Here's the thing. Nobody denies that the climate is constantly in flux. That's easily verifiable and pretty much universally accepted. It's the rate of change that is unprecedented, and it's outstripping the ability of many species to adapt in time to avoid extinction. The question is now whether it's man made or not, and I think we're being shown clear indications that our CO2 emissions initially drove it. I say initially (even though it's still a factor) because atmospheric methane and water vapor are quite possibly the things we should be more worried about now. Both are more potent greenhouse gases (thirty times greater in the case of methane compared to CO2) and increasing as the climate warms. I think we're possibly entering a positive feedback loop where rising temperatures increase concentrations of both, and that leads to more warming. At that point, we're screwed.



This represents the total amount of air (in pink) and liquid water (in green) on planet Earth, just for perspective.




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Post Options Post Options   Thanks (0) Thanks(0)   Quote Technophobe Quote  Post ReplyReply Direct Link To This Post Posted: October 10 2019 at 10:59am
The biggest change in our planet's heat and atmosphere it has ever suffered, when the atmosphere became poisonus and there was massive cooling, was caused by a bacteria (The inventor of photosynthesis). Since then life has had to evolve to cope with this poisonus atmosphere (O2). Now larger life depends upon it, but once uopn a time.....................................

You don't have to be special, clever, ensouled, or even big enough to be visible; you just have to be populous and doing something new - like us.
Absence of proof is not proof of absence.
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Post Options Post Options   Thanks (0) Thanks(0)   Quote carbon20 Quote  Post ReplyReply Direct Link To This Post Posted: October 10 2019 at 4:01pm
We are a reactive,

not proactive spieces.....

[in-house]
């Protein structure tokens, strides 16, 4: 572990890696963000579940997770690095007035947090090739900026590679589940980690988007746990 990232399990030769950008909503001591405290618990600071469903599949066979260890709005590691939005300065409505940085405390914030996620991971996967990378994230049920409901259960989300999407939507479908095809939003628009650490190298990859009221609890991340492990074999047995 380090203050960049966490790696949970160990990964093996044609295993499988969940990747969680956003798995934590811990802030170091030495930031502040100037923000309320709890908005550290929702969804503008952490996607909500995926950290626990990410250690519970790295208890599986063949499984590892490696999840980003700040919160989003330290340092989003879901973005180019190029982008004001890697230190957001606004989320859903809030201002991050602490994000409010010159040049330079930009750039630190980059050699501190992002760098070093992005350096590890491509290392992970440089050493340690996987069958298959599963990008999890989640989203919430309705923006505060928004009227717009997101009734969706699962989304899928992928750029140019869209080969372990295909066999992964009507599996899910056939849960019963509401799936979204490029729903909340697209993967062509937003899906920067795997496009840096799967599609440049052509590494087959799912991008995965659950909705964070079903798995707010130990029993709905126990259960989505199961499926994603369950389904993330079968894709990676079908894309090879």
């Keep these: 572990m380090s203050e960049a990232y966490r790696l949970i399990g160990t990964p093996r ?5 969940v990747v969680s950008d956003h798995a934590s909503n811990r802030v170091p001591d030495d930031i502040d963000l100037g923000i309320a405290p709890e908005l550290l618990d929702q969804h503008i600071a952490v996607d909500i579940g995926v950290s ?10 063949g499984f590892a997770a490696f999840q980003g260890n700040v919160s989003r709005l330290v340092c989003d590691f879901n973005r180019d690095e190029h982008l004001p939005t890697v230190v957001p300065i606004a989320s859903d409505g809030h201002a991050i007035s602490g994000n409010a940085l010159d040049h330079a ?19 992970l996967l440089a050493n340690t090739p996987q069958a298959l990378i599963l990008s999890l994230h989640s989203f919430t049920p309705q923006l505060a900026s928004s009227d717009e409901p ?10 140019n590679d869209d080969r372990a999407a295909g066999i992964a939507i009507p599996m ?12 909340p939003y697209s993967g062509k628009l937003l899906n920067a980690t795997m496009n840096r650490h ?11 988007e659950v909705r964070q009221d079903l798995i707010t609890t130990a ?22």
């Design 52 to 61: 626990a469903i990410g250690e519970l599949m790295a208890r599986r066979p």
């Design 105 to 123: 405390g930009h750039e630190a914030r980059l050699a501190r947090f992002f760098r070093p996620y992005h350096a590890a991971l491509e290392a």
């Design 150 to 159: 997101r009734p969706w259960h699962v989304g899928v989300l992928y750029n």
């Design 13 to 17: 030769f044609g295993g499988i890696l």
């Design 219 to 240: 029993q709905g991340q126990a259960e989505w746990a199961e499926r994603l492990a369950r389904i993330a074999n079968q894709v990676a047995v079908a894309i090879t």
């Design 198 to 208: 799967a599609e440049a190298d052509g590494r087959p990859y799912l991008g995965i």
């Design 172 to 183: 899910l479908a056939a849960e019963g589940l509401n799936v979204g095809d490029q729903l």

But in reality it's

Too Late Baby it's to Late......
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Post Options Post Options   Thanks (0) Thanks(0)   Quote Technophobe Quote  Post ReplyReply Direct Link To This Post Posted: October 10 2019 at 4:13pm
Probably!

When photosynthetic bacteria appeared, almost everything else dissappeared. It was the biggest ELE of all time.

The thin ray of hope is that some life survived. That life is our most distant ancestors, not ancestor, ancestorS: Two utterly different types of bacteria 'got jiggy'. That is why we have mitochondria in our cells helping us turn oxygen into fast-energy-release gas.

We are the descendants of the most adaptive species to date and very good at sleeping with the enemy.
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Post Options Post Options   Thanks (0) Thanks(0)   Quote carbon20 Quote  Post ReplyReply Direct Link To This Post Posted: October 10 2019 at 4:43pm
E.L.E.

DEEP IMPACT, one of my favourite movies
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Post Options Post Options   Thanks (0) Thanks(0)   Quote WillobyBrat Quote  Post ReplyReply Direct Link To This Post Posted: October 10 2019 at 4:43pm
We, the human race, have probably been here for about a million years or a little less (They keep putting our time on the planet up each time a new discovery is made; officially it is about 900K yars at the moment.).

However, by way of messing up everyone's heads, I would just like to point out that, since long before the dinosaurs existed, the Earth was very hot and very wet. It then became snowball Earth (very cold, very icy). Then global warming occurred and it became warm again. By the time the poor old dinosaurs got wiped out (about 65-66 million years ago) it was slowly cooling. Then it warmed up again.

Then something happened about 6 million years ago and we went through a series of ice ages. Which, each time they had formed two really nice polar caps, those giant dammed terror birds ran around everywhere in their SUVs pecked all the trees down and the whole damn place froze up again and (ignoring my facetious remarks) I assure you that we have had ice ages and global warming one after another for at least the last 6 million years.

We are warming up at the moment and once again the ice is melting. It started melting about 13 thousand years ago, flooding North America, filling the North sea with water (before that it was a large grassy plain), after that it was a few islands (the remnants of mountain,s like the UK). Incidentally, it also flooded the land "beyond the pillars of Herculese" and the Mediterranean too.

So, you can speculate that it is all caused by modern man, or solar fluctuation, or electromagnetic fields, etc., etc., The truth is the climate scientists, the anti-extinctionists etc., etc., don't speak to the paleontologists, astrophysicists, geologists, and silviculturists. Until they learn to, we still won't know bu$$er all about the causes of global warming, what percentage is caused by us and what is not. To put it bluntly, we are all screwed!

Ps. Half of what you think modern man invented was previously invented by the neanderthalers and homo-errectus.

Incidentally, Carbon, Ask the Aboriginies why they moved to Australia 60 thousand years ago. They know a damn sight more than they are given credit for.
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Post Options Post Options   Thanks (0) Thanks(0)   Quote carbon20 Quote  Post ReplyReply Direct Link To This Post Posted: October 10 2019 at 10:02pm